Holding Up the Universe by Jennifer Niven is an engaging contemporary Young Adult novel most suited to high school readers. It addresses some of the concerns and problems of overweight teens.
My favorite of the two Jennifer Niven books I’ve read
I’d like to see more contemporary realism like Holding Up the Universe that encourages teens to draw upon their personal power and offers them hope of happiness without being sugary-sweet. All the Bright Places by Niven did not live up to my expectations after the hype it received. Or maybe I’m growing tired of novels in which two teens fall in love and then one of them dies. Holding Up the Universe left me with a good feeling.
- This story places the reader inside the head of a girl who has been overweight since the death of her mother, so obese that she could not attend school for years. I was very moved by the main female character’s situation. The reader learns about emotional factors involved in extreme overeating and the importance of extending a hand of friendship and understanding to the overweight.
- Told in alternating points of view, the story also provides a look into the mind of a boy who suffers from prosopagnosia, also known as face blindness. He cannot recognize faces, even those of family members, and must memorize clues about their appearance such as hairstyle, skin and hair colors, body size, and the way they walk.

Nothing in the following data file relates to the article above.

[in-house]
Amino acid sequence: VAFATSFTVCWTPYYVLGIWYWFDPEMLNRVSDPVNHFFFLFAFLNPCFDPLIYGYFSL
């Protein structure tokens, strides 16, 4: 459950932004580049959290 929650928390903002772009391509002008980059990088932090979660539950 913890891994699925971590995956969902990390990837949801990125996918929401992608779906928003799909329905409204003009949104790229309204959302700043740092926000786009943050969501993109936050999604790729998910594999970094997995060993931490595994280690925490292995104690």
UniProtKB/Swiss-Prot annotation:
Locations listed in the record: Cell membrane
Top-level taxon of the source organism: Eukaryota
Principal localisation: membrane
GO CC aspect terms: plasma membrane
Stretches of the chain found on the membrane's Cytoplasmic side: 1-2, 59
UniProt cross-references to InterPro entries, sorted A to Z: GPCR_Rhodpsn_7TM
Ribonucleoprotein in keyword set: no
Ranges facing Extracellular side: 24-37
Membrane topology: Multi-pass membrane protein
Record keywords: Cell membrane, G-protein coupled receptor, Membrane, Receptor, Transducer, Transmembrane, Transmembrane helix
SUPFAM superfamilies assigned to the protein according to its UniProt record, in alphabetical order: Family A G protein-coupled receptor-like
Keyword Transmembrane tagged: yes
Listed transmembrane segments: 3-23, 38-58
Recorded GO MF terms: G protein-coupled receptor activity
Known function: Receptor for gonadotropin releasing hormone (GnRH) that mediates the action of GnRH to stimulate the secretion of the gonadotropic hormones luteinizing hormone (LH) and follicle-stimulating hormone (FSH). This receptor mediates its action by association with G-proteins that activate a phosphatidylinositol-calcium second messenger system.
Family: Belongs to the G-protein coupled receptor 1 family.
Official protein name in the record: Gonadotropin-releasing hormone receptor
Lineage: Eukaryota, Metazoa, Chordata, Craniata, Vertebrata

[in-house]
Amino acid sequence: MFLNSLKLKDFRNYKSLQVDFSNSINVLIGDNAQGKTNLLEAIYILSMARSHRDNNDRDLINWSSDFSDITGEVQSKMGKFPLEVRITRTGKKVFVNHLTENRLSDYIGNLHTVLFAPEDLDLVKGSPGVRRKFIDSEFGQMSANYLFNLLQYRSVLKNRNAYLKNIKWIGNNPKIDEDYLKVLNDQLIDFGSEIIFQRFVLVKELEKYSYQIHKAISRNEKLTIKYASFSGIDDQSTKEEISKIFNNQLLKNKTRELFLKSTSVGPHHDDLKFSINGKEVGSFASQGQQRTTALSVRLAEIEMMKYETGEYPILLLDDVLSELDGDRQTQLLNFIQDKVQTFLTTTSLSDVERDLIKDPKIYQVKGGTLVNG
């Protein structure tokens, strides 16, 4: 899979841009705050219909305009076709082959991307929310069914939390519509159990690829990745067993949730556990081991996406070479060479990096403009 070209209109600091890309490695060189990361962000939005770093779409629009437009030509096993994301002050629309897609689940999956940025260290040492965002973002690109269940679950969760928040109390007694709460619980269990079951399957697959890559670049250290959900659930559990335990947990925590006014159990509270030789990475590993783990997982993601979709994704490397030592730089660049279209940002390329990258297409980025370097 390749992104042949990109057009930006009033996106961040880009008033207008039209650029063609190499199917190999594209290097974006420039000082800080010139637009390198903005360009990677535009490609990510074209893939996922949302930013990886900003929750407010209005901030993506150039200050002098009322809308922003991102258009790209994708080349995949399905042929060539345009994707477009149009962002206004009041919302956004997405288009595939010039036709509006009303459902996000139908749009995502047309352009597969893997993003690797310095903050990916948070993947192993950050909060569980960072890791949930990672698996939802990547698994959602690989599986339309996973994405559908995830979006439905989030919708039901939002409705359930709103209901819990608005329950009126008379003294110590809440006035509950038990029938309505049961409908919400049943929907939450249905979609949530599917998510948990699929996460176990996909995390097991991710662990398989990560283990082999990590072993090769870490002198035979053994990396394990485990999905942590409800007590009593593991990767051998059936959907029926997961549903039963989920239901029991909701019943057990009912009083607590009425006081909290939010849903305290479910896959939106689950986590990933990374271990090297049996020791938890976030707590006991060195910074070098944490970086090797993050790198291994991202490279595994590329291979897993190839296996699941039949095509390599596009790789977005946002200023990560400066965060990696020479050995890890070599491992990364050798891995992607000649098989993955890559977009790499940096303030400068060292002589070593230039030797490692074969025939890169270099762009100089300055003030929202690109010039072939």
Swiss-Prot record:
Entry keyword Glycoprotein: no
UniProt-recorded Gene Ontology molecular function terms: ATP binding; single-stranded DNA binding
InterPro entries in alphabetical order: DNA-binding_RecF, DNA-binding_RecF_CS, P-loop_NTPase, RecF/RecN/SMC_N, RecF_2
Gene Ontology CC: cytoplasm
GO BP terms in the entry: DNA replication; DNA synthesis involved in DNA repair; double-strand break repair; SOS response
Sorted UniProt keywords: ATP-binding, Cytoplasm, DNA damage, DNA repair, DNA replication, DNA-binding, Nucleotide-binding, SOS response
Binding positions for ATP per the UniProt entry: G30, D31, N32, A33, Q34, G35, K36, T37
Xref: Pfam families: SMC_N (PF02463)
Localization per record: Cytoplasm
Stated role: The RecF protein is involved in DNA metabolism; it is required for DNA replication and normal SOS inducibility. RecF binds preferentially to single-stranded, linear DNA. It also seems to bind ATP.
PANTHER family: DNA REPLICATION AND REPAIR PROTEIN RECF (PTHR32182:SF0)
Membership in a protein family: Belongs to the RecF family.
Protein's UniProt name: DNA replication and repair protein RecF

- Both the main characters, Libby and Jack, grow a lot in this story. Unmatched in looks and popularity, they become friends because of internal similarities and external circumstances.
- Libby has thoughts of engaging in casual sex.
- Profanity is abundant in this secular novel compared to Christian YA novels.
- A few story details may seem unbelievable.
Holding Up the Universe has wonderful pacing, so its 391 pages flew by. I recommend this novel to both boys and girls mature enough to handle profanity and references to sex without being influenced by them. Teens who are overweight or suffer from social anxiety can benefit from reading this novel, as can teens who think it’s funny to make fun of the overweight.